Photo Credit: Negib Giha

Photo Credit: Negib Giha

Paraguay, or el corazon de America, has recently been generating a lot of new flows for its economy, but the problem is, that shares of this growth are not being channeled to all parts of Paraguay’s society equally. With GDP that recorded 14.2 percent increase in 2013, this landlocked South American country took the title of the fastest growing economy on the continent. However, the story of Paraguay is much more complicated than its macroeconomic indicators would suggest. The following paragraphs will try to answer the question of why in the country that is so abundant with productive agricultural land the large part of the campesino population is landless and has no access to political life and economic growth. Moreover, the underlying question is how did Paraguay come to be the most unequal country in Latin America?

Paraguay’s GDP growth records are an envy of many countries, but on the other hand, its low rankings when it comes to HDI (16th in Latin America) show that the majority of population is not feeling the hype that the main macroeconomic indicator would suggest. The unequal distribution of current economic prosperity is closely related to the issue of access to land. Those who own land, a small majority of big landowners, are generating and enjoying the benefits of improved economic situation, while other sectors of society are largely excluded both from the ownership scheme and from the improved economic situation. The above-mentioned situation is reflected clearly in the fact that GINI coefficient for land distribution is 0.94 – the worst in Latin America, since 1.6% of the people own 80% of the land.

Historically, Paraguay’s destiny has been closely tied to its fertile land and agricultural society. Unsurprisingly, after gaining independence Paraguayan state used land assets to obtain and repay its international credits. Country’s reliance on land is seen in the fact that during the 1929 it hardly felt the world economic crisis as majority of its’ population consisted of self-sufficient subsistence farmers. Nonetheless, the position of Paraguayan campesino has been progressively deteriorating throughout history. Even though several mayor events helped shaped the current situation, unjust practices began in 1875 when the “Office of Public Land” was created in Paraguay. This was a turning point at which Paraguay’s most productive asset, namely land, moved from public to private hands. Unfortunately, large part of the population was not in a position to afford purchases. Consequently, many campesinos turned into peones – unskilled farm laborers bound in servitude to a landlord who was also their creditor. Ever since, rich few started accumulating vast communal lands and landless class was slowly but surely beginning to form. Trapped in such circumstances, Paraguayan campesinos have been condemned to self-perpetuating poverty.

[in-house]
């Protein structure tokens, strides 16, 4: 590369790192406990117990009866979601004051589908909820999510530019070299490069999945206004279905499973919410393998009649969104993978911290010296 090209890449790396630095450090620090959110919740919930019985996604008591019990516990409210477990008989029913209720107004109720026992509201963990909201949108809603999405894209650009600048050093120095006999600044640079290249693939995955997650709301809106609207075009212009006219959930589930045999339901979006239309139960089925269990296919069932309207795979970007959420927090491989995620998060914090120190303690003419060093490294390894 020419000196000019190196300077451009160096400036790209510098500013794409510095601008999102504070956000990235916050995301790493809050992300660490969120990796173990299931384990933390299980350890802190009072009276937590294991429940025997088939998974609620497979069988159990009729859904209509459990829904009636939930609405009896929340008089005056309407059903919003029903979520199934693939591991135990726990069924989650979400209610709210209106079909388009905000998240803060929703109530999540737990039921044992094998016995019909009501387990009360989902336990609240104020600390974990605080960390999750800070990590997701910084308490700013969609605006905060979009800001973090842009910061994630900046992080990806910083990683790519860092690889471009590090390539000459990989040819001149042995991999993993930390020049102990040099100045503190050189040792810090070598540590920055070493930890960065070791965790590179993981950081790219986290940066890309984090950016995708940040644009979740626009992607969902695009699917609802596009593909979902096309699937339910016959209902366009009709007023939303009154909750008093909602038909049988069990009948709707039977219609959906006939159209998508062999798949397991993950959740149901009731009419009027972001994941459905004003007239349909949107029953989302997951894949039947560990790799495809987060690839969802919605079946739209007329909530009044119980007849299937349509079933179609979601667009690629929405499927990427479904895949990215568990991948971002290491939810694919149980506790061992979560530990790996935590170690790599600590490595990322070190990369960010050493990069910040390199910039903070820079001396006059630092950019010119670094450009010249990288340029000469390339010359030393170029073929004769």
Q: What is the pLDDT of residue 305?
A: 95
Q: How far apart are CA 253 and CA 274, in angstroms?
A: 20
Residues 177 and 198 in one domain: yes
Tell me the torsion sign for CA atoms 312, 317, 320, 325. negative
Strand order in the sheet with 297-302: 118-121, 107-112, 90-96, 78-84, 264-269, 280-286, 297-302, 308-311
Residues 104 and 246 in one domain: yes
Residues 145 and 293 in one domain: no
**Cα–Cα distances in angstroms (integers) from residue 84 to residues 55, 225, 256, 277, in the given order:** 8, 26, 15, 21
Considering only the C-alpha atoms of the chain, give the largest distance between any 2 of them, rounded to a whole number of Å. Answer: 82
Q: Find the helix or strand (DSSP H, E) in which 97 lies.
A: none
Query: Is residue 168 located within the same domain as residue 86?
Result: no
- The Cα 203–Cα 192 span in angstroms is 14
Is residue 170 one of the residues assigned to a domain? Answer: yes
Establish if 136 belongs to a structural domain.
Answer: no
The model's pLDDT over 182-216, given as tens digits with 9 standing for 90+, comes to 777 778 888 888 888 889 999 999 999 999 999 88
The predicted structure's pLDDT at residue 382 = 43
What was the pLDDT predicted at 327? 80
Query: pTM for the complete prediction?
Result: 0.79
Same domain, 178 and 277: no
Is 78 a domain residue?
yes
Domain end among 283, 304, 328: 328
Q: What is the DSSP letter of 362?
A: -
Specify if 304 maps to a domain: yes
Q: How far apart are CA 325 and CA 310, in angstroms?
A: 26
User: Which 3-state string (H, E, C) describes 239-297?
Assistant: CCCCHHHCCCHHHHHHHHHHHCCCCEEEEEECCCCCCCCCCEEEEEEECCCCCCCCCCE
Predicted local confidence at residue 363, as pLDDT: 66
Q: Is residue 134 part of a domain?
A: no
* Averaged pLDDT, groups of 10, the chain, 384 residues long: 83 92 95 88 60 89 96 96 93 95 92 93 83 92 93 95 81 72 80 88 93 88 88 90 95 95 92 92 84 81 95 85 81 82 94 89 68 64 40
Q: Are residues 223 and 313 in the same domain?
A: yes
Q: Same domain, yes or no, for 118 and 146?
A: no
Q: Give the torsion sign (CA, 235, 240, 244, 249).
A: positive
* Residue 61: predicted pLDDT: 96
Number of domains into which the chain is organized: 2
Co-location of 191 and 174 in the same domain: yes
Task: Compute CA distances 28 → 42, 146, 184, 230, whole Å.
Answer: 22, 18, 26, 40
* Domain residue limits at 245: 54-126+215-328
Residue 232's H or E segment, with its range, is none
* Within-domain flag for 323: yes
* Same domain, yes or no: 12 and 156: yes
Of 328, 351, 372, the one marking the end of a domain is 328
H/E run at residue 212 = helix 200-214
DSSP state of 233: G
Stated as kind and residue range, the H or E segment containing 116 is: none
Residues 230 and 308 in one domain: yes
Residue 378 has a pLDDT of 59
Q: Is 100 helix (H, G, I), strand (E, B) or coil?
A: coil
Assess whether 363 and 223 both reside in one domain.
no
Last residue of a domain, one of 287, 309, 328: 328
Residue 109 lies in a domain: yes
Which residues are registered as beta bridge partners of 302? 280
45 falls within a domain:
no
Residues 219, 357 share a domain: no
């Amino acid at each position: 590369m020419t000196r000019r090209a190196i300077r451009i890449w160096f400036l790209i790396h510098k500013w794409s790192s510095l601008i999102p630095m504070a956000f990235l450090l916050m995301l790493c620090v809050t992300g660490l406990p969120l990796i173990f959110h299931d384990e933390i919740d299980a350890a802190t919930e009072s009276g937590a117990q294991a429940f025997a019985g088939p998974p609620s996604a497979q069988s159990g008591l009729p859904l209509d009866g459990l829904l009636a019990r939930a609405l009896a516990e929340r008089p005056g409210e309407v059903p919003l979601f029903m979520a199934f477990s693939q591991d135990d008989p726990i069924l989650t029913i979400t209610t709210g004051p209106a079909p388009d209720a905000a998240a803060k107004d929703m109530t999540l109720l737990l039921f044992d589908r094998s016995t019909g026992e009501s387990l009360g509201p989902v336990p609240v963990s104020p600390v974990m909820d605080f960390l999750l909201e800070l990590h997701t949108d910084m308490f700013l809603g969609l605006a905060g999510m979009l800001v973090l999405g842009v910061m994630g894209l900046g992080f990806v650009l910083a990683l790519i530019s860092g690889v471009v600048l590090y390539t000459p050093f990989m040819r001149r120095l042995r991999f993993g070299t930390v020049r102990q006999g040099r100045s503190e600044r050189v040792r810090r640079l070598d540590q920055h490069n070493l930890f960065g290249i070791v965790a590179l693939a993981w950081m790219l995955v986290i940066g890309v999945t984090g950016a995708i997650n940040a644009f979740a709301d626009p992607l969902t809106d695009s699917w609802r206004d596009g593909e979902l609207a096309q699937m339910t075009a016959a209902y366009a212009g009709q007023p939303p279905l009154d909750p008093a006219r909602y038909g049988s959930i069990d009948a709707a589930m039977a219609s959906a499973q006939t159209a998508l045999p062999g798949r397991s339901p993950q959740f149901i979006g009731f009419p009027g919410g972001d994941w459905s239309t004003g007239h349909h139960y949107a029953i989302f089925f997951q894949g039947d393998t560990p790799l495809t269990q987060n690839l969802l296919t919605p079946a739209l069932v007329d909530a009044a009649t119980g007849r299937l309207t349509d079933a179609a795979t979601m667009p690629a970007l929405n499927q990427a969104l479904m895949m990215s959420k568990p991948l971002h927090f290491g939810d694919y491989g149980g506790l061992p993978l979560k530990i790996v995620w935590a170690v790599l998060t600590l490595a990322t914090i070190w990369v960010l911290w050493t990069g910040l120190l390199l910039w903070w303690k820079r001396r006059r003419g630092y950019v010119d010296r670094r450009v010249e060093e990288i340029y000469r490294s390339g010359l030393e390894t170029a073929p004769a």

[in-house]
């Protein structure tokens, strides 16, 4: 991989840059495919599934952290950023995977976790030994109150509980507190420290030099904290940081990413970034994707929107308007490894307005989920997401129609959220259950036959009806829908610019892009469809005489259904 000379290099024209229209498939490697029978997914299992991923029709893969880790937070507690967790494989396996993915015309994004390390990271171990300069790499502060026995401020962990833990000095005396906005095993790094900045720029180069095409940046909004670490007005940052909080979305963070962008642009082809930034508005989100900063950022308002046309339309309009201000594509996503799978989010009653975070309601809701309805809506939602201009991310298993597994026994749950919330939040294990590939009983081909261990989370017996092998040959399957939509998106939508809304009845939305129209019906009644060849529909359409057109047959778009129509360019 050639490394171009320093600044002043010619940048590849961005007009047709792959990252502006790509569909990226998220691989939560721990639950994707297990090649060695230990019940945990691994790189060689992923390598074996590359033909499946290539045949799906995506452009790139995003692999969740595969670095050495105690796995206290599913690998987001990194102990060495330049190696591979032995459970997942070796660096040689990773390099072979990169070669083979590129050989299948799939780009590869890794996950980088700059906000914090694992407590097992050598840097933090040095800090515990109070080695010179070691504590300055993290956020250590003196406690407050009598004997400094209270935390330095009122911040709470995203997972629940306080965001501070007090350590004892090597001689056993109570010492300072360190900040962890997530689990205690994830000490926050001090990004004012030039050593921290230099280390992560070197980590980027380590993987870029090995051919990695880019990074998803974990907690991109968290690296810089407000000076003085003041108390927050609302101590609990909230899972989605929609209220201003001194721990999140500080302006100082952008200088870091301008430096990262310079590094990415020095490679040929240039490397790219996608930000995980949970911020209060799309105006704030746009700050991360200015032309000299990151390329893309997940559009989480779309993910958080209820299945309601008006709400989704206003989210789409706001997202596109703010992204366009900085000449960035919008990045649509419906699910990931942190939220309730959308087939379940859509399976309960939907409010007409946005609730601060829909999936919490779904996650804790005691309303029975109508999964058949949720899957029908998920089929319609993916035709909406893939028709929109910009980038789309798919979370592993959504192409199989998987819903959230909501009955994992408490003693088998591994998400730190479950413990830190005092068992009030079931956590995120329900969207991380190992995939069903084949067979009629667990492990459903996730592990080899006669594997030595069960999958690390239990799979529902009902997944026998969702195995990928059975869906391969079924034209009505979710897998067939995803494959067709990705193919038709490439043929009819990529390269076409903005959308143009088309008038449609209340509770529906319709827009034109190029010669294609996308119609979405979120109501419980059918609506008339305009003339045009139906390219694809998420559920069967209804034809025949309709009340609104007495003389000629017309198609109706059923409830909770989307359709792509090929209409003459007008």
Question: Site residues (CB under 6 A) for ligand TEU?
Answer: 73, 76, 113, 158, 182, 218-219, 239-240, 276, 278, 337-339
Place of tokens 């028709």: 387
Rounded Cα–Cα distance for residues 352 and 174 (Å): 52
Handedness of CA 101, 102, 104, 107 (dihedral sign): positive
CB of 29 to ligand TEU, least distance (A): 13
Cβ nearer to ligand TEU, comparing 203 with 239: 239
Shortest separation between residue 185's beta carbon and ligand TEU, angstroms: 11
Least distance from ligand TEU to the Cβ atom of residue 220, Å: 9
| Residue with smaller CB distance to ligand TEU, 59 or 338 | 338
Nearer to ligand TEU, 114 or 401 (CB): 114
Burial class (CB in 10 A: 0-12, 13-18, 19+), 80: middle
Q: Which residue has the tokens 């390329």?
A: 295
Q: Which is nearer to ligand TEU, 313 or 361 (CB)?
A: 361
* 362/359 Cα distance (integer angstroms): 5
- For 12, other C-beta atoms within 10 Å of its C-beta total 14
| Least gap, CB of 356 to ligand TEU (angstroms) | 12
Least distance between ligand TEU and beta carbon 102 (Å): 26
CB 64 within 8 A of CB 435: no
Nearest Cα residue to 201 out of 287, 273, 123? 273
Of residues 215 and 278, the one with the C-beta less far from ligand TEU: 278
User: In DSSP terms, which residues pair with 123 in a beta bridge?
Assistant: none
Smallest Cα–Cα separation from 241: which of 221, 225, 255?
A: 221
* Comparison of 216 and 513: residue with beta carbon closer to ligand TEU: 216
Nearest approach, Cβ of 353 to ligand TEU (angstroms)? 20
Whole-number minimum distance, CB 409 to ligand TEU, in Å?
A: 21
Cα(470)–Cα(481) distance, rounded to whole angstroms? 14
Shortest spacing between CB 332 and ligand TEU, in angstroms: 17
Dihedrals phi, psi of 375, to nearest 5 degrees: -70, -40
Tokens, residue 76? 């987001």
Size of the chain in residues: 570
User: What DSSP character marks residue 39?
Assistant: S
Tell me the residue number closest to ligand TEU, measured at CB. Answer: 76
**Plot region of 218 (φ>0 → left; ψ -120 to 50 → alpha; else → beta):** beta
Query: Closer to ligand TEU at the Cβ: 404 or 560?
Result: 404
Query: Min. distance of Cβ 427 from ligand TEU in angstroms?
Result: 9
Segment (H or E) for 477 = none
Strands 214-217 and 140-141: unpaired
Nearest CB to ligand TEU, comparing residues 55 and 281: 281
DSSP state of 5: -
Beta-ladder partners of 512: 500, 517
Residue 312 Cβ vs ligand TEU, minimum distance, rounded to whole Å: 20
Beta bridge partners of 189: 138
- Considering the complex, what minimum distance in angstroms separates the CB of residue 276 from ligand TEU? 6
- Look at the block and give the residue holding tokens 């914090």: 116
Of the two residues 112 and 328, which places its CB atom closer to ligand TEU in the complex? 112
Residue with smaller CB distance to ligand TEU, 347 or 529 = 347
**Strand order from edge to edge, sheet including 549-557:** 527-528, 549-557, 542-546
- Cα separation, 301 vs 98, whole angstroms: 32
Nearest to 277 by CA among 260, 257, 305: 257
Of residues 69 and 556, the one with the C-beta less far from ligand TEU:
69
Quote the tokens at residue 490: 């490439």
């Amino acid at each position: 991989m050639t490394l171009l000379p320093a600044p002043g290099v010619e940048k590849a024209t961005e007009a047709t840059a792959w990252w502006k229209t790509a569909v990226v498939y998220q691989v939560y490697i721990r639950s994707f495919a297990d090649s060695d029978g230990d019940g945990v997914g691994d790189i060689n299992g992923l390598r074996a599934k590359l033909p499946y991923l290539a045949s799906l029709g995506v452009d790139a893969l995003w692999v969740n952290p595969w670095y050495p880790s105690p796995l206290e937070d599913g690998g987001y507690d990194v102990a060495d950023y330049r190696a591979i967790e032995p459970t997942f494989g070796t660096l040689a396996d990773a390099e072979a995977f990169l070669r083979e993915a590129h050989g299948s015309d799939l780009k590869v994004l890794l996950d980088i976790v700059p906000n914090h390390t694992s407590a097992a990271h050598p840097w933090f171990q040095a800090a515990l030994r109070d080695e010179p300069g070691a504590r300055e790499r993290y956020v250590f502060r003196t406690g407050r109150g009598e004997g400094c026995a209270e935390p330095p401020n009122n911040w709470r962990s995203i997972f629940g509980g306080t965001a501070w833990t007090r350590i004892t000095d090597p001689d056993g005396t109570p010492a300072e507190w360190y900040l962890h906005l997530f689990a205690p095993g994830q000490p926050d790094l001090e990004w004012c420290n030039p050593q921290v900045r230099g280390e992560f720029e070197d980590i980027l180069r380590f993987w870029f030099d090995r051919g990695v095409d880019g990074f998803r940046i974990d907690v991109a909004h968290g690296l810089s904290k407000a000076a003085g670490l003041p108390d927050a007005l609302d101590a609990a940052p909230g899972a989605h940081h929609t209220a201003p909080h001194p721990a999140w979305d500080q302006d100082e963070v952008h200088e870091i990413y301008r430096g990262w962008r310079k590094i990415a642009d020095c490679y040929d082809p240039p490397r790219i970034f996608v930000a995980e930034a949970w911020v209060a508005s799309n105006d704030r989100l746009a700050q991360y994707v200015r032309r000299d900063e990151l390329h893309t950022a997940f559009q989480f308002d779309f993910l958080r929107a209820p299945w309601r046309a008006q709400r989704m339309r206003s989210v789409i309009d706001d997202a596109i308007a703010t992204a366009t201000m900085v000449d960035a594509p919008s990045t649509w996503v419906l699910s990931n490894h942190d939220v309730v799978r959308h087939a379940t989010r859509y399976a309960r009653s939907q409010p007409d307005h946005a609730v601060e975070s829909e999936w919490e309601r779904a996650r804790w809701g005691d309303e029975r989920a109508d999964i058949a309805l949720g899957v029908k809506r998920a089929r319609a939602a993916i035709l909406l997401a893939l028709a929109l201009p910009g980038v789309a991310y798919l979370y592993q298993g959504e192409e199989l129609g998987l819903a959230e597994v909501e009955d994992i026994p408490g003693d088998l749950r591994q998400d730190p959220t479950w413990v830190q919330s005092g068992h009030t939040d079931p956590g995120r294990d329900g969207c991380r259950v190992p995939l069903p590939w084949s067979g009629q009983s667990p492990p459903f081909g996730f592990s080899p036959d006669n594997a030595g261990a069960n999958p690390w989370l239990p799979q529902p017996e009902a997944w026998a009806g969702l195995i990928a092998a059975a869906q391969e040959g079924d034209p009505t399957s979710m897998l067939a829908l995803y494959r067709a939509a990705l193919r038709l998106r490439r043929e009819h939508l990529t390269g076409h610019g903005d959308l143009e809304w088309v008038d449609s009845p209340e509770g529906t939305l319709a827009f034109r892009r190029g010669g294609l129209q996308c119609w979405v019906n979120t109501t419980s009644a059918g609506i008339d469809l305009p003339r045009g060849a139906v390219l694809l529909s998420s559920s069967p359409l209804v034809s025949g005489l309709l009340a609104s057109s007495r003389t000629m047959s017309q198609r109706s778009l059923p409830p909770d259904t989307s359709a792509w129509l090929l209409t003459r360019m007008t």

After more than 30 years of dictatorial rule of General Stroessner (under whom the policies implemented further encouraged the unjust practices benefiting the regime machinery), Paraguay made a move towards establishment of democratic regime in 1989. In theory, political participation has been seen as an instrument for a more just economic distribution that should be propagated by vested interests that in democracy should be able to organize and press politicians for favorable policy implementation. Under democracy, the less advantaged have a batter chance to organize, and ask for the downward distribution of income (Davide Grassi). Under this new conditions and likewise encouraged by what was happening in other South American countries the poor majority pursued the goal of change through democratic mechanisms. As a result of this cry for change, Fernando Lugo, a Jesuit priest turned politician won the 2008 elections by running on a platform of improving the position of the marginalized groups. The victory of Lugo also meant the end of the 61-year-old rule of Colorado Party, which at that time was the longest period for a party to hold an office in consecutive terms. During his mandate, Mr. Lugo promoted more equal distribution of wealth and also a grater participation of the civil society in politics. In order to achieve this, different social programs were implemented, ranging from free public healthcare, free secondary education and school lunches for children. In addition, Mr. Lugo tried to ban GMO food and the use of pesticides and transgenic seeds so necessary for increased soy production. This move became a fault line that separated the incumbent president and the big agricultural businesses that stood in defense of their interests (i.e. more productivity, more crops, more profit). As the time went by, Lugo started to be perceived as a radical left politician and in 2012 he was ousted from office before ending his term. Some have described his impeachment as a parliamentary coup. The reality was that the decrease in poverty levels during Lugo’s presidency was almost insignificant but the hint of change was what really echoed among the Paraguayan oligarchy as more than social revolution Lugo seemed to offer simply a more inclusive and better democracy.